'Private armies are illegal': CJP Isa remarks during hearing on enforced disappearances

CJP Isa acknowledges the rights of citizens to conduct peaceful demonstrations

Maryam Nawaz
A policeman walks past the Supreme Court building in Islamabad, on October 31, 2018. — Reuters
A policeman walks past the Supreme Court building in Islamabad, on October 31, 2018. — Reuters

  • SC takes up case after petitions filed by multiple individuals.
  • Three-member bench headed by CJP Isa conducting hearing.
  • "Problem of missing persons will be resolved," CJP Isa says.

ISLAMABAD: Chief Justice of Pakistan (CJP) Qazi Faez Isa Tuesday maintained that private militias are illegal and they cannot be against the state, as the Supreme Court conducted the hearing of a case pertaining to missing persons and enforced disappearances in the country.

The case was taken up by the apex court following petitions filed by multiple individuals including veteran politician and lawyer Aitzaz Ahsan.

The timing of the case is also significant, as Islamabad is currently witnessing a sit-in by the families, including women and children of the Baloch missing persons, who arrived in the capital after starting a long march from Turbat.

A three-member bench headed by CJP Isa and comprising Justice Muhammad Ali Mazhar and Justice Musrat Hilali took up the case and conducted its hearing.

The chief justice, following the adjournment of the hearing till tomorrow, said the court will now ensure the resolution of the missing persons issue, also summoning the Attorney General for Pakistan, Mansoor Usman Awan, to arrive before the bench in the next hearing.

"If we solve it together, the problem of missing persons will be resolved," he said, adding that the resolution of this matter will strengthen Pakistan internally.

CJP Isa also acknowledged the rights of citizens to conduct peaceful demonstrations who were protesting against the disappearances of their loved ones.

"There are also concrete cases of missing persons," the CJP said.

The chief justice also remarked that people in Pakistan often disappear after joining certain organisations, pointing at the anti-state entities present in the country. "The tradition of joining these organisations should end."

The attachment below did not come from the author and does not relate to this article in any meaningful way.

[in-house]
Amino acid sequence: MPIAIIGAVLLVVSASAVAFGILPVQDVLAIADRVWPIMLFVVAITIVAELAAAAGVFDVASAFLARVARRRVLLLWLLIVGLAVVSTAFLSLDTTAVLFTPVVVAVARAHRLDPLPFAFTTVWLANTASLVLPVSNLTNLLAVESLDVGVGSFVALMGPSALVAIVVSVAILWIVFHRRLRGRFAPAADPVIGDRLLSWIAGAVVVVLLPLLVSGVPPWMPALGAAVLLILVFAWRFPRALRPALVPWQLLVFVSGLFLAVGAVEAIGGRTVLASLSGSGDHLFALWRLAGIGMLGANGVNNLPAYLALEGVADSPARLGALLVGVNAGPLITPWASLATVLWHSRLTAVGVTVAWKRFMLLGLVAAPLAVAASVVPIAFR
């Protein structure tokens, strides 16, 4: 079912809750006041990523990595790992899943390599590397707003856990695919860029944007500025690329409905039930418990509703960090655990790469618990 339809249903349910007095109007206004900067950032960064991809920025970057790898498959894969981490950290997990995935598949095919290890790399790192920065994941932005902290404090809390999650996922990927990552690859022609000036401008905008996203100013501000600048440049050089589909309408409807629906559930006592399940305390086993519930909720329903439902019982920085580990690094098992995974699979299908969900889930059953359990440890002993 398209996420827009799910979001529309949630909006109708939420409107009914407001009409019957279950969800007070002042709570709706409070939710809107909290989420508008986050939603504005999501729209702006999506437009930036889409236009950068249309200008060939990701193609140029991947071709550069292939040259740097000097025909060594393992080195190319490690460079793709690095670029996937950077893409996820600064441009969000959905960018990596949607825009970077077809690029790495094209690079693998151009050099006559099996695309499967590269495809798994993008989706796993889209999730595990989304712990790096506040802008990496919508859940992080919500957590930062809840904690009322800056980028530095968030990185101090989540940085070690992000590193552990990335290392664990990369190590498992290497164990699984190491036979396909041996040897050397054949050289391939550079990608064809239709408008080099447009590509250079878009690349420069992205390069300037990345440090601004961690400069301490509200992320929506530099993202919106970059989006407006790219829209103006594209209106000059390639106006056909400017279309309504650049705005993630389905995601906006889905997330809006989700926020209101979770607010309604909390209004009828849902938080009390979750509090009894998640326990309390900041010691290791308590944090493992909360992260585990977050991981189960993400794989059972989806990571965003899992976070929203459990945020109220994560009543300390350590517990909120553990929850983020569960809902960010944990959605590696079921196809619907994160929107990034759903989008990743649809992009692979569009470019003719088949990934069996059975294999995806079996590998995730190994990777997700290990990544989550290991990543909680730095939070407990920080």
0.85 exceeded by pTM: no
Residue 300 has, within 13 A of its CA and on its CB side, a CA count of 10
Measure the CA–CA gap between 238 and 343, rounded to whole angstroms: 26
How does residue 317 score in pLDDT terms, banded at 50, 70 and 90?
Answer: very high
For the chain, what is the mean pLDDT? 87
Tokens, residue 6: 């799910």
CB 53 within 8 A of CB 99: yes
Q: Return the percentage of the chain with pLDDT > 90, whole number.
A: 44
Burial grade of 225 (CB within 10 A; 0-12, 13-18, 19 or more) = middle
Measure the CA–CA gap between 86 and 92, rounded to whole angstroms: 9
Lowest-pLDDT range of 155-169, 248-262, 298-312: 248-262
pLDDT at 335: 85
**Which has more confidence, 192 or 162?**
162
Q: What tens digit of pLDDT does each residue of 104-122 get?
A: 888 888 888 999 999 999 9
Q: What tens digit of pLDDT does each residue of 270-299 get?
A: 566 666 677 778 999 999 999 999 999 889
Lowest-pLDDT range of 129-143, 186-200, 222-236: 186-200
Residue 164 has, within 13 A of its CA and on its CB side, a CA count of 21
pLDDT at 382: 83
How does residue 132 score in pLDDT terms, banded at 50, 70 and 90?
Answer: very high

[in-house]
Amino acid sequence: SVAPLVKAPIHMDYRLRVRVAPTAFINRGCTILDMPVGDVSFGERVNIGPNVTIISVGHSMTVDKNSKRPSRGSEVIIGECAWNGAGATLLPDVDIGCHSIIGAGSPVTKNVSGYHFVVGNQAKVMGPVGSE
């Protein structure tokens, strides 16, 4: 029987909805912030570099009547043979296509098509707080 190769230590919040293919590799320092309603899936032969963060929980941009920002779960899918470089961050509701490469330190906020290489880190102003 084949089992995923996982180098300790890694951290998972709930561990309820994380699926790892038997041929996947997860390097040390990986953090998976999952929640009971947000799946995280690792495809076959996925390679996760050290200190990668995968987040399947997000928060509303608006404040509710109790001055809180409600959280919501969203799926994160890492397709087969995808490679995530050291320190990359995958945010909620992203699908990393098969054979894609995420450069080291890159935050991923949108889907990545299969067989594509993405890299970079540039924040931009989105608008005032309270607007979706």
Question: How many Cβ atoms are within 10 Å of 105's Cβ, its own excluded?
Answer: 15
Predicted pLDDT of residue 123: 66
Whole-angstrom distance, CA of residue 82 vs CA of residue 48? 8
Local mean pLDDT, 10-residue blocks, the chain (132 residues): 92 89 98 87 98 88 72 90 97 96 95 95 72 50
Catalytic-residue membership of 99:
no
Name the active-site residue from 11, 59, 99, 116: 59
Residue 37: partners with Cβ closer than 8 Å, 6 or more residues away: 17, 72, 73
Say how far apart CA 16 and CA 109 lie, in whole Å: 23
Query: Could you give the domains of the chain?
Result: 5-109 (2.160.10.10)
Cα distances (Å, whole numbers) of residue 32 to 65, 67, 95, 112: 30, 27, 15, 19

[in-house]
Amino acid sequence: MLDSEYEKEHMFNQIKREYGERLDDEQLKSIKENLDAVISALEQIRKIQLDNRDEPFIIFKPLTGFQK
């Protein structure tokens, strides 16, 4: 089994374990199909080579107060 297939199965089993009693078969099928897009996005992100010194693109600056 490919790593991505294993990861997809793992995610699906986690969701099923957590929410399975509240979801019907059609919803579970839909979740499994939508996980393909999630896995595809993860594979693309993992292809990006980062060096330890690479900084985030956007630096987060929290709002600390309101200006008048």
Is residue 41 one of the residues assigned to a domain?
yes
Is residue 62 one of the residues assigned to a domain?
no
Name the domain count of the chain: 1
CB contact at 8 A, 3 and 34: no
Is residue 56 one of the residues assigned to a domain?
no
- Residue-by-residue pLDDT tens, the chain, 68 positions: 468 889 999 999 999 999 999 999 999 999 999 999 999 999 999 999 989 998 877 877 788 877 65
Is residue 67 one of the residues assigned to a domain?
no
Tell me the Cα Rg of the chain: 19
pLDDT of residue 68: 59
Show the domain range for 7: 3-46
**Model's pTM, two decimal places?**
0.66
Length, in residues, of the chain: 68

He maintained that what is happening in Pakistan does not happen anywhere in the world. CJP Isa insisted that all parties must "accept responsibility" in this matter.

The chief justice, however, pointed out that the petitions filed by Ahsan reflected a "political" inclination while raising the issue of enforced disappearances, as those named "disappeared" in the petitions were all politicians of a particular political party.

"Your application reflects politics. Don't make it political," CJP Isa said when addressing Shoaib Shaheen, the lawyer representing Pakistan Tehreek-e-Insaf (PTI) in the plea against the enforced disappearances of its members. The chief justice, however, termed them "influential".

"If there is a problem with the influential, they will come themselves," the CJP remarked.

During the hearing of the case, CJP Isa maintained that every institution should stay within its limits. "We thought that the issue of missing persons is important, so we filed a case."

Khushdil Khan Malik, the counsel representing a petitioner of the missing persons, requested that the court order the government to enact legislation related to enforced disappearances.

He complained that the commission to probe the issue was formed under Justice (retd) Javed Iqbal, but it has done nothing to ensure its resolution.

The court, the lawyer said, must ask the government why it never legislated on the missing persons issue for the last 50 years. Responding to which the CJP Isa said: "How can the court order the Parliament to enact such and such legislation?"